More than 250 companies and organizations doing business in Montana — including Chicago-based Molson Coors, which has contracts with state barley growers, and Missoula high-tech firm Submittable — signed a letter telling the Montana Legislature a slate of bills they say discriminate against LGBTQ people will harm their employees and their financial performance.
“As businesses and organizations that support equality for all, we’ve done our part to make sure our employees will be protected at work,” reads the letter provided to the Daily Montanan. “But these bills would harm our team members and their families as they navigate daily life and utilize services and opportunities that should be available for everyone.”
The bills mentioned in the letter — House Bills 112 and 427 and Senate Bills 215 and 280 — would regulate transgender healthcare and sports participation, put in place a statewide Religious Freedom Restoration Act, and create more hoops for transgender people looking to change their gender on their birth certificate.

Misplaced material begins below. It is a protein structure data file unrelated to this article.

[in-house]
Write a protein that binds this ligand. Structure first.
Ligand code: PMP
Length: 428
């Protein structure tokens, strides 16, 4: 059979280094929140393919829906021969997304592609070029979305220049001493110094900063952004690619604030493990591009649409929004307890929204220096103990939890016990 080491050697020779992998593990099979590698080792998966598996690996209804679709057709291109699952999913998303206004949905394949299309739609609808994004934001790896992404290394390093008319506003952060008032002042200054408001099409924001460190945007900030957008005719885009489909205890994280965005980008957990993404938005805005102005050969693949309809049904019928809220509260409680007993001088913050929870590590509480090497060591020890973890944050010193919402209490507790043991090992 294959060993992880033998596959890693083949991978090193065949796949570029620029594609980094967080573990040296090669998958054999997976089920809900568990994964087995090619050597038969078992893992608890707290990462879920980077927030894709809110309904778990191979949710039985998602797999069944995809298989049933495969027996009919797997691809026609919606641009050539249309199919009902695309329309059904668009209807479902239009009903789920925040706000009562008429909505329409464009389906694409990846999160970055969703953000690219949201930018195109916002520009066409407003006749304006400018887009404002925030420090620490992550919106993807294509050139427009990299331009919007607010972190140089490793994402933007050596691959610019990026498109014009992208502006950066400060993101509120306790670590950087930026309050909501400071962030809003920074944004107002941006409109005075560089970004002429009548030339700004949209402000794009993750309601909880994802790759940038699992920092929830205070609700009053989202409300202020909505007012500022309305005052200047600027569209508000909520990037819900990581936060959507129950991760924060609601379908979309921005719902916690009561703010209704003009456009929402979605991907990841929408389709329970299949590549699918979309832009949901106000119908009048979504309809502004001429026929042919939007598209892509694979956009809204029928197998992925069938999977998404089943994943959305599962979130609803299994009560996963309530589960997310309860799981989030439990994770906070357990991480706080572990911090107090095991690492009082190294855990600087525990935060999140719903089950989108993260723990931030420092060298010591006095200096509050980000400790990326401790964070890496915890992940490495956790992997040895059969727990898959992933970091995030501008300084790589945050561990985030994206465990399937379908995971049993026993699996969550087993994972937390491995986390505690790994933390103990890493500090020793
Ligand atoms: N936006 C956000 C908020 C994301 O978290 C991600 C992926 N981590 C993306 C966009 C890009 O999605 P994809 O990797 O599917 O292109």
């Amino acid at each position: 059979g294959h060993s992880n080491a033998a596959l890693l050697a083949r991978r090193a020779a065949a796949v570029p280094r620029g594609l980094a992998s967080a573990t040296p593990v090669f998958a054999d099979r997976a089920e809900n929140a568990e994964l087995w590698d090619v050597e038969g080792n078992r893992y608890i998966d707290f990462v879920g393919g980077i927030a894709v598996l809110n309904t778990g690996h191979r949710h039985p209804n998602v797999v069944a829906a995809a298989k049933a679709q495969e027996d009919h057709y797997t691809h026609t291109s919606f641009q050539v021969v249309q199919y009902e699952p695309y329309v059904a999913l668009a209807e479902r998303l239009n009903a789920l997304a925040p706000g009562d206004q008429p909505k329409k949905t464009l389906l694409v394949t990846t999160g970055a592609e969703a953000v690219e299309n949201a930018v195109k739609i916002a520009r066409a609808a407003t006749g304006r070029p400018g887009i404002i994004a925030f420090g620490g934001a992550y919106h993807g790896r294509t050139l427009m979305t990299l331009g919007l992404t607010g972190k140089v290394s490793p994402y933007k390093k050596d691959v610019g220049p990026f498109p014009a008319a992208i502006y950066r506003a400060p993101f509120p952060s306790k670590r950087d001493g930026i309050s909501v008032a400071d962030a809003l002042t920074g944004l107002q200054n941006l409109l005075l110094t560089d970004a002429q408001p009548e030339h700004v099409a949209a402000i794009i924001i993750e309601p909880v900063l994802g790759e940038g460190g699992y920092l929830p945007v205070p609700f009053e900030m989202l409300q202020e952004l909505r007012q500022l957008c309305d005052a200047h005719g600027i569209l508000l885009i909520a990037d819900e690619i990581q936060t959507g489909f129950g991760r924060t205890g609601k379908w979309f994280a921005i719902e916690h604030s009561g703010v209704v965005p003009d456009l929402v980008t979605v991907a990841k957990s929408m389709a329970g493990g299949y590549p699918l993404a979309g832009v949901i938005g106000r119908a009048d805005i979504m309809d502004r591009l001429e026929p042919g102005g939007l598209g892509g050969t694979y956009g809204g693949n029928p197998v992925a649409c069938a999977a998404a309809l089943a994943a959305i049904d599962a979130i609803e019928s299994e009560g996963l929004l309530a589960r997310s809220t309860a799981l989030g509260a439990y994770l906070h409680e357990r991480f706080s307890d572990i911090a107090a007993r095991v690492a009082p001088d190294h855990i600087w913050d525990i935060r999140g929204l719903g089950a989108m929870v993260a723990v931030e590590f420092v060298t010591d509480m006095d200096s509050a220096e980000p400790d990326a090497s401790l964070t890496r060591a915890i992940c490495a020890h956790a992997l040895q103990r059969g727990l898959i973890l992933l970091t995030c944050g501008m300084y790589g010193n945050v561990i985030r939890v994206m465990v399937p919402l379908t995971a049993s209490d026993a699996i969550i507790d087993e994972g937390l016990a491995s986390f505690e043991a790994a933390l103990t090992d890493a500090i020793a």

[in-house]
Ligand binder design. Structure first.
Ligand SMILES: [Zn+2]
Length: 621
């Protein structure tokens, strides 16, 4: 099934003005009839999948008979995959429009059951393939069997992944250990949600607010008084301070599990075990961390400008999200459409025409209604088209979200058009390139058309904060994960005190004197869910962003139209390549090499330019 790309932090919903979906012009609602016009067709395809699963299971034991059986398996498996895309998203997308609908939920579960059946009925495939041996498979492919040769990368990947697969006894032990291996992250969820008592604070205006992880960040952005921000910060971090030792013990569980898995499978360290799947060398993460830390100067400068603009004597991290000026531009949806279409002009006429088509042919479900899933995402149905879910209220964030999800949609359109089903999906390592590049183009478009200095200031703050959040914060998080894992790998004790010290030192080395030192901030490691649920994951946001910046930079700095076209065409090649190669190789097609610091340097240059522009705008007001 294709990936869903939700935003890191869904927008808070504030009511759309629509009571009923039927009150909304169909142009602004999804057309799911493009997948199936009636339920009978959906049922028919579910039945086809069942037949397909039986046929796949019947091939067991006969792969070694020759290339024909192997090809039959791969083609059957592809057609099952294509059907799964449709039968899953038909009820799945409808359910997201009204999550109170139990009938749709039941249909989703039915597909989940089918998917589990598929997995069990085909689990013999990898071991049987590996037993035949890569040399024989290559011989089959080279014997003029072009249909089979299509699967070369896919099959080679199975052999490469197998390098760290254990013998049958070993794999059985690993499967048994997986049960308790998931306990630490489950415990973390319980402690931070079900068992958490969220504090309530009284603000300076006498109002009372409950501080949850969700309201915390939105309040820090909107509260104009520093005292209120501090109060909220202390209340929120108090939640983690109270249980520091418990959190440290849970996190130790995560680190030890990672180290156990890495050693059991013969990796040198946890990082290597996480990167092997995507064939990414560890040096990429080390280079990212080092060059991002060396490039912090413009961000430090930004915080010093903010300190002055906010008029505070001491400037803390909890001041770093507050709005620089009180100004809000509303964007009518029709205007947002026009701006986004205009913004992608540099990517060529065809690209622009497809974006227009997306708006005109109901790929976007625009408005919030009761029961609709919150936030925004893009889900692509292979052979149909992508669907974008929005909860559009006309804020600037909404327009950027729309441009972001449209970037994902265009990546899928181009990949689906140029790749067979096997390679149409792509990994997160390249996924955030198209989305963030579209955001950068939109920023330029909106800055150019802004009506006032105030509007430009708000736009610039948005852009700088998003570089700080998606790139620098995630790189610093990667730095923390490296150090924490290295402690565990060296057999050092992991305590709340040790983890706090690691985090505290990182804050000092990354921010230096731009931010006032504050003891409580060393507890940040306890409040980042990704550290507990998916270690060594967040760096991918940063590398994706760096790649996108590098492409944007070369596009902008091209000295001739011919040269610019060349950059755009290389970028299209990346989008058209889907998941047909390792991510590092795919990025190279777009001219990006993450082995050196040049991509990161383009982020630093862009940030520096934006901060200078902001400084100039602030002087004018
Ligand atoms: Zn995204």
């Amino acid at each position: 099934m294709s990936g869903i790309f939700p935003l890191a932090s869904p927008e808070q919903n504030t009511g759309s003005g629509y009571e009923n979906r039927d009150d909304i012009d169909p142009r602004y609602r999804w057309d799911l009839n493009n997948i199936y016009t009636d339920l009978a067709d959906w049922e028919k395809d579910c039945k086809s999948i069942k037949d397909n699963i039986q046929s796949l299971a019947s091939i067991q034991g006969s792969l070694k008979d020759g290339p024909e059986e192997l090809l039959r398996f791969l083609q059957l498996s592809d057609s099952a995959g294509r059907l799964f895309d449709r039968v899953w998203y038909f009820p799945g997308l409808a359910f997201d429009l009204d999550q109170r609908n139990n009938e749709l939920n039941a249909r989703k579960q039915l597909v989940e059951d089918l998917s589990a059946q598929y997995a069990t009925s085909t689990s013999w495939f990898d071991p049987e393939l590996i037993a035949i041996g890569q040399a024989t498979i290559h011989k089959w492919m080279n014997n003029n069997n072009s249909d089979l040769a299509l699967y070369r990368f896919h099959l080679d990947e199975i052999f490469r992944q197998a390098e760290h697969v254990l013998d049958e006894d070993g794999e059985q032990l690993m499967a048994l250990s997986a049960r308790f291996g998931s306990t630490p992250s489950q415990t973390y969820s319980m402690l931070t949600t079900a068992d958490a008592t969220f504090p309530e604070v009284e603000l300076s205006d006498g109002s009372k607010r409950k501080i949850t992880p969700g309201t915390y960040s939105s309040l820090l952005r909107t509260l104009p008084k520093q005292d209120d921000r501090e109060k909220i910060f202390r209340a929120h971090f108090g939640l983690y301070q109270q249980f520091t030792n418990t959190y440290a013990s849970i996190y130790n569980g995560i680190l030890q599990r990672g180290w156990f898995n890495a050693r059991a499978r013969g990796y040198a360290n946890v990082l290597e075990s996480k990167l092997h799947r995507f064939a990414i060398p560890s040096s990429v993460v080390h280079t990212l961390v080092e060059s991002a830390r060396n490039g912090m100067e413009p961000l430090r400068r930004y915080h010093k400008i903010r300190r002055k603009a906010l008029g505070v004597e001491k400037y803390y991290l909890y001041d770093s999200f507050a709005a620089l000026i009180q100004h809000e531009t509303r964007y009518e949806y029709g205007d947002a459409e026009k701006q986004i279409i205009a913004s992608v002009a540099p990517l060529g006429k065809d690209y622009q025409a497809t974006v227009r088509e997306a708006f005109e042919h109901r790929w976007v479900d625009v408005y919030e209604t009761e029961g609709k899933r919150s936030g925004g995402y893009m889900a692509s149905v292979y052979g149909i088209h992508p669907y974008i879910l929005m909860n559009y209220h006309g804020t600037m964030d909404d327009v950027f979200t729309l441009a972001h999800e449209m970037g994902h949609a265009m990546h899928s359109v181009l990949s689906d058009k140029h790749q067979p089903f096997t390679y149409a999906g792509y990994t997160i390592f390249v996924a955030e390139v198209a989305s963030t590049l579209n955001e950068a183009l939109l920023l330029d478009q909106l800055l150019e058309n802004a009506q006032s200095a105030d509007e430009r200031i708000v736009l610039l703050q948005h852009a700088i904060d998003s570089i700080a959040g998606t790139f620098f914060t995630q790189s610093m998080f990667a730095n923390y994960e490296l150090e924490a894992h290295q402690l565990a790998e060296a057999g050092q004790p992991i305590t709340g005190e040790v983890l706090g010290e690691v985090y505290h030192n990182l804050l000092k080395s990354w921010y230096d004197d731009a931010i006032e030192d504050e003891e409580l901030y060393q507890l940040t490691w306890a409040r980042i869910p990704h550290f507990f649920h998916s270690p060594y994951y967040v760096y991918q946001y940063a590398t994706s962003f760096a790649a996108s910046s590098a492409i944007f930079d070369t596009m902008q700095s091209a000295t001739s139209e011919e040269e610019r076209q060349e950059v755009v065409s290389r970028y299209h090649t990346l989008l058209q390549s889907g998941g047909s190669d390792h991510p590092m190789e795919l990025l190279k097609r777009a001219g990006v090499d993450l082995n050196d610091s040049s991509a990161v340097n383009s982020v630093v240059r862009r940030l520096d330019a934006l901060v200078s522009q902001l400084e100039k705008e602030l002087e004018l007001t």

The growing list of 264 businesses ranging from Tongue River Winery in Miles City to Bellweather Jewelry in Babb to the Downtown Bozeman Partnership had signed on to the letter by Tuesday afternoon.
“We are deeply concerned by the bills in the Montana Legislature that target LGBTQ individuals — specifically transgender youth — for exclusion or differential treatment,” the letter reads
Pushback from businesses and warnings of economic loss are commonplace when states consider the types of bills the Montana Legislature has introduced in this session. During hearings this session, opponents have outweighed supporters on the bills and have warned of deleterious economic impacts.
When talking to business owners, Shawn Reagor, a program director with the Montana Human Rights Network, said they wanted to do more to voice their opposition to these bills. The biggest concerns businesses had were around tourism and the message they send.